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Were there binoculars aboard the Titanic?

A pair of binoculars recovered from the Titanic's wreck site are  on display during a news conference by Guernsey's Auction House.
A pair of binoculars recovered from the Titanic's wreck site are on display during a news conference by Guernsey's Auction House.
Don Emmert/AFP/Getty Images

A balmy morning was warming into a sunny afternoon just as the RMS Titanic's maiden voyage began. The 882-foot (269-meter) vessel stretching the length of two-and-a-half football fields churned away from its port at Southampton, England, bound for New York City. After docking in France and Ireland, the steam-powered Titanic was loaded with cargo, coal and a manifest that had grown to 2,240 passengers and crew members.

Just before midnight on April 14, 1912, the Titanic struck a massive iceberg in the Atlantic Ocean and sank about 400 miles (644 kilometers) south of Newfoundland, Canada. More than 1,500 men, women and children died. Among the debris of the ship littering the ocean floor was a single piece of equipment that could very well have saved their lives: binoculars [source: History].

In the years that followed one of history's most enduring disasters, one question would dog the Titanic. Could the use of binoculars have prevented the Titanic disaster? If a crew member in the crow's nest would have used them, he could've spotted the iceberg in time to change course, saving the lives of everyone on board.

There were binoculars aboard the Titanic, but unfortunately, no one knew it. The binoculars were stashed in a locker in the crow's nest -- where they were most needed -- but the key to the locker wasn't on board. That's because a sailor named David Blair, who was reassigned to another ship at the last minute, forgot to leave the key behind when he left. The key was in Blair's pocket.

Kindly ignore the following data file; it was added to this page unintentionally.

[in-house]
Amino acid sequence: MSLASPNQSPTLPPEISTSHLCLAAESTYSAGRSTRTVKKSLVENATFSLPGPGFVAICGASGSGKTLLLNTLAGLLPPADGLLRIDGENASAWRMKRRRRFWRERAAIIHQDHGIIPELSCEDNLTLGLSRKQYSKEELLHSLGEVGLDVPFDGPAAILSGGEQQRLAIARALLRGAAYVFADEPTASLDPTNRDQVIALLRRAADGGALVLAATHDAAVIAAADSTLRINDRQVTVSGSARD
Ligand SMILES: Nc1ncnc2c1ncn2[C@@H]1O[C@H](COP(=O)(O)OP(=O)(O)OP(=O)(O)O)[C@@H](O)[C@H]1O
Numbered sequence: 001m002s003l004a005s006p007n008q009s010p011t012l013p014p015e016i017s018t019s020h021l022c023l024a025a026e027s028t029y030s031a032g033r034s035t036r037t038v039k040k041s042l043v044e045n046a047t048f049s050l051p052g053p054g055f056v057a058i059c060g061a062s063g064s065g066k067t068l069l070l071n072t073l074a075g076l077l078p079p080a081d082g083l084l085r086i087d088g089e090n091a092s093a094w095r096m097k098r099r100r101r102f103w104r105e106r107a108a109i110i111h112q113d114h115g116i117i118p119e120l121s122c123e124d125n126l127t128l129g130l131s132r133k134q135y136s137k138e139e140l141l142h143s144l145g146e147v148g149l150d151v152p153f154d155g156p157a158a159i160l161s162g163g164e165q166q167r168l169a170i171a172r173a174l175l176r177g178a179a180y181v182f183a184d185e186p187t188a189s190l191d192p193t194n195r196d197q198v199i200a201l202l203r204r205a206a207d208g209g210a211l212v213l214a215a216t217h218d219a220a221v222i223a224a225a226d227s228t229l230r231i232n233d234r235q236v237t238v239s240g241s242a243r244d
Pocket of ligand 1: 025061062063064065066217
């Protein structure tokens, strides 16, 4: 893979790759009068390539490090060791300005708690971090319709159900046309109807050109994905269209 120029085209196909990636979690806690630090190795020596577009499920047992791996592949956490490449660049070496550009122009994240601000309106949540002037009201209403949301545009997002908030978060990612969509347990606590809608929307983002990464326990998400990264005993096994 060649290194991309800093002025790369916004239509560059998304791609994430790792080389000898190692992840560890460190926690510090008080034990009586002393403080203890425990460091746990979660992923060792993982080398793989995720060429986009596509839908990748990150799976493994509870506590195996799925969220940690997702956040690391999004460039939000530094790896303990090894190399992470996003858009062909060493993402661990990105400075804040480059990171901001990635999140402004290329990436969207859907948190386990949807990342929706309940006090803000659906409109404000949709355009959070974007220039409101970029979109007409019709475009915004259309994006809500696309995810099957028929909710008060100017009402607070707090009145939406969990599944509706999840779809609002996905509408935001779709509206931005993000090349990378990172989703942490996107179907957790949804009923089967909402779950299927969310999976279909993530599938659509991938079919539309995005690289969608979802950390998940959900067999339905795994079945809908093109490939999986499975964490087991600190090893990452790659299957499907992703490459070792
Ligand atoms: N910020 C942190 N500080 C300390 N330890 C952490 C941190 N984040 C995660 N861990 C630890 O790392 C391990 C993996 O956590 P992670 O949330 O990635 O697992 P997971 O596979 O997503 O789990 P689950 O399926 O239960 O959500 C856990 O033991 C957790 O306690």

Lookout Fred Fleet, who survived the Titanic disaster, would later insist that if binoculars had been available, the iceberg would have been spotted in enough time for the ship to take evasive action. The use of binoculars would have given "enough time to get out of the way," Fleet reportedly said [source: Salkeld]. Others contend the binoculars wouldn't have helped because it was too dark as the ship approached the iceberg. Although the night sky was clear, there wasn't a moon to light the way. And there was no wind, creating a glassy sea that failed to give off telltale ripples around floating icebergs [source: Lipman].

In 2007, the crow's nest locker key and a postcard Blair wrote expressing his disappointment at not being on the Titanic's maiden voyage sold for $145,000 to a collector in China [sources: Belfast Telegraph, Salkeld].

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